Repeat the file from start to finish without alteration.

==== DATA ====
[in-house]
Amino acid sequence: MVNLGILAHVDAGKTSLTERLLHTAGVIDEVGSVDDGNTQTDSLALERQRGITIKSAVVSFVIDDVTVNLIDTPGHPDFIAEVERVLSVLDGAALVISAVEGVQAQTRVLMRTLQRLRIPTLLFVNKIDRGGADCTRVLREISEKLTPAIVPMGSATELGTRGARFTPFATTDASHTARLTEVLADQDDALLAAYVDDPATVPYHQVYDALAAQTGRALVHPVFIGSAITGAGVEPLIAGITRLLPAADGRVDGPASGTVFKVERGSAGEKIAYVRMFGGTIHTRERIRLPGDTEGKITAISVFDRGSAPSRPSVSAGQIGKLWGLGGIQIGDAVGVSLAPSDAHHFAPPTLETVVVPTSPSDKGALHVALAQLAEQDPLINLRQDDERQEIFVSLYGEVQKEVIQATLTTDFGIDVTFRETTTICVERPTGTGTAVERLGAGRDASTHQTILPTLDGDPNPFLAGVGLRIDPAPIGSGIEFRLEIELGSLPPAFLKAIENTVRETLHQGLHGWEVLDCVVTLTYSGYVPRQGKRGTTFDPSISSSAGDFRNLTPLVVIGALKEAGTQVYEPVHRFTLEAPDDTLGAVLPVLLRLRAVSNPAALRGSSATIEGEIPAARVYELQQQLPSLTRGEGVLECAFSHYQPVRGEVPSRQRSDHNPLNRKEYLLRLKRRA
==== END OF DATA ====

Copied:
[in-house]
Amino acid sequence: MVNLGILAHVDAGKTSLTERLLHTAGVIDEVGSVDDGNTQTDSLALERQRGITIKSAVVSFVIDDVTVNLIDTPGHPDFIAEVERVLSVLDGAALVISAVEGVQAQTRVLMRTLQRLRIPTLLFVNKIDRGGADCTRVLREISEKLTPAIVPMGSATELGTRGARFTPFATTDASHTARLTEVLADQDDALLAAYVDDPATVPYHQVYDALAAQTGRALVHPVFIGSAITGAGVEPLIAGITRLLPAADGRVDGPASGTVFKVERGSAGEKIAYVRMFGGTIHTRERIRLPGDTEGKITAISVFDRGSAPSRPSVSAGQIGKLWGLGGIQIGDAVGVSLAPSDAHHFAPPTLETVVVPTSPSDKGALHVALAQLAEQDPLINLRQDDERQEIFVSLYGEVQKEVIQATLTTDFGIDVTFRETTTICVERPTGTGTAVERLGAGRDASTHQTILPTLDGDPNPFLAGVGLRIDPAPIGSGIEFRLEIELGSLPPAFLKAIENTVRETLHQGLHGWEVLDCVVTLTYSGYVPRQGKRGTTFDPSISSSAGDFRNLTPLVVIGALKEAGTQVYEPVHRFTLEAPDDTLGAVLPVLLRLRAVSNPAALRGSSATIEGEIPAARVYELQQQLPSLTRGEGVLECAFSHYQPVRGEVPSRQRSDHNPLNRKEYLLRLKRRA